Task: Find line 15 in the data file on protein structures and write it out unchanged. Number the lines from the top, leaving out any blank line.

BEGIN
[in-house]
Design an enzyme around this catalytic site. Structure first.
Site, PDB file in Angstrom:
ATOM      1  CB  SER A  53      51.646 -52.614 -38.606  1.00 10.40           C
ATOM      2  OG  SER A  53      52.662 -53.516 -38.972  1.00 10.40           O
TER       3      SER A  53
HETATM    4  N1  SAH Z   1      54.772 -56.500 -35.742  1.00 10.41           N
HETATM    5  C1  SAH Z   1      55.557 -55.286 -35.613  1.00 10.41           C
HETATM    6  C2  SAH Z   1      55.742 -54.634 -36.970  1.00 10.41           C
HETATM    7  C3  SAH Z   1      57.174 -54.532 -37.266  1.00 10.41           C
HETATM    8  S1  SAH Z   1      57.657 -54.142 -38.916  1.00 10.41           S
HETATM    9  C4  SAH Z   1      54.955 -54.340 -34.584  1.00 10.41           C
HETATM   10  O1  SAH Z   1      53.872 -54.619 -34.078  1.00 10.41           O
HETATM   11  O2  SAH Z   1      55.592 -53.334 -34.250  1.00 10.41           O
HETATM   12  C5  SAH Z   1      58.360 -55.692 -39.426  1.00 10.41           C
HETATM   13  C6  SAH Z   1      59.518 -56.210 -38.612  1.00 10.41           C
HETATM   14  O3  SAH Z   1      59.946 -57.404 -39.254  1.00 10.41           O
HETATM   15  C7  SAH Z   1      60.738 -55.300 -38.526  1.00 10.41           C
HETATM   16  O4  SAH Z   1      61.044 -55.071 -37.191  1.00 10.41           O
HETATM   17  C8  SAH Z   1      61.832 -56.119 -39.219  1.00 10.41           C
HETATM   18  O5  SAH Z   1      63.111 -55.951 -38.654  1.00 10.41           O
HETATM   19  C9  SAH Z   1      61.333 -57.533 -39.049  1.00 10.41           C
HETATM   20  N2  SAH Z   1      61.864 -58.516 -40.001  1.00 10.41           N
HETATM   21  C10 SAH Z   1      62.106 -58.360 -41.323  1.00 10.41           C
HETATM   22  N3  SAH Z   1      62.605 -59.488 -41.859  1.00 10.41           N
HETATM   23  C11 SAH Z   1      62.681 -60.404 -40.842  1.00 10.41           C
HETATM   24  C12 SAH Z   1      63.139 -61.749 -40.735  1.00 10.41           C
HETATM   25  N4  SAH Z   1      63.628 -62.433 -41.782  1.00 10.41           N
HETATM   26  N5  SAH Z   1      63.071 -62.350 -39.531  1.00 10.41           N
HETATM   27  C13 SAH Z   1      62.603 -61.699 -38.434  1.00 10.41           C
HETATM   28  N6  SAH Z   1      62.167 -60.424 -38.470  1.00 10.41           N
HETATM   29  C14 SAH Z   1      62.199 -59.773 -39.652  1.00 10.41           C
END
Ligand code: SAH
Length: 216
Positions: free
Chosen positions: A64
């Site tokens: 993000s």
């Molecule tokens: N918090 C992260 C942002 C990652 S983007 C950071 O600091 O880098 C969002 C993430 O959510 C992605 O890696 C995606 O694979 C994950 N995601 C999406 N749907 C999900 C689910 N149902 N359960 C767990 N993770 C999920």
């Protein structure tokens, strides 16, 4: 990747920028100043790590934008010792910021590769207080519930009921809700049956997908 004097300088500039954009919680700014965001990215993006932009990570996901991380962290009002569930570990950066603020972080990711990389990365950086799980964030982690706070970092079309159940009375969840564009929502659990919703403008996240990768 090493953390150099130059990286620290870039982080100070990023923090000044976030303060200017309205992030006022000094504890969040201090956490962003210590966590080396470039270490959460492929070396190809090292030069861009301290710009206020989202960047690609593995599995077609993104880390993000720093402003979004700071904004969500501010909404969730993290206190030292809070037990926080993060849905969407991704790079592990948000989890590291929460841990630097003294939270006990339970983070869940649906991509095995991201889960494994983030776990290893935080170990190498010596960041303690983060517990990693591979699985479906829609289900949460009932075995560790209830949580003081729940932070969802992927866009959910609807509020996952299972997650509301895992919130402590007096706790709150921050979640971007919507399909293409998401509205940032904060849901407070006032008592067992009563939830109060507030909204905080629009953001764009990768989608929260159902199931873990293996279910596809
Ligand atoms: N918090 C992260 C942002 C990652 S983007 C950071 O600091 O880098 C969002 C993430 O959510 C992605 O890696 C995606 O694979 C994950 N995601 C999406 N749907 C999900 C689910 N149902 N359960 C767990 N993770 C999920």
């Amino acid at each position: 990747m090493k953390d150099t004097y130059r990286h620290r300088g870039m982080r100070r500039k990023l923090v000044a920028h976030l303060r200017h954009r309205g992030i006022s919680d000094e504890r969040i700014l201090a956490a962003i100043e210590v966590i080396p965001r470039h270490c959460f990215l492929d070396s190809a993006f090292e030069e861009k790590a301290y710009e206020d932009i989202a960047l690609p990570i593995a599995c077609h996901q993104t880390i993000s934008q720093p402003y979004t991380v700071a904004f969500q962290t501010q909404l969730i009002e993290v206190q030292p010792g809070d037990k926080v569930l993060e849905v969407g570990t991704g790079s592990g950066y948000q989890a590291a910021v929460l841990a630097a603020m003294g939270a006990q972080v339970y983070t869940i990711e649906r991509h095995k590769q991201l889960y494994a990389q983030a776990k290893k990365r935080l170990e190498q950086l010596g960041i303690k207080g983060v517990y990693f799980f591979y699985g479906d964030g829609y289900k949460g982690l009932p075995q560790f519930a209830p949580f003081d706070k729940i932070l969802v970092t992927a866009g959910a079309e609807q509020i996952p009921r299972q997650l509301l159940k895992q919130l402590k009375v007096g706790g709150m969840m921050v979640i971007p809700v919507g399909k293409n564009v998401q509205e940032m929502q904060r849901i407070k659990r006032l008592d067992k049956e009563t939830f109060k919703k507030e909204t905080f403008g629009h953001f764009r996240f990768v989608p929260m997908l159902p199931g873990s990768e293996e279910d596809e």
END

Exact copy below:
HETATM   12  C5  SAH Z   1      58.360 -55.692 -39.426  1.00 10.41           C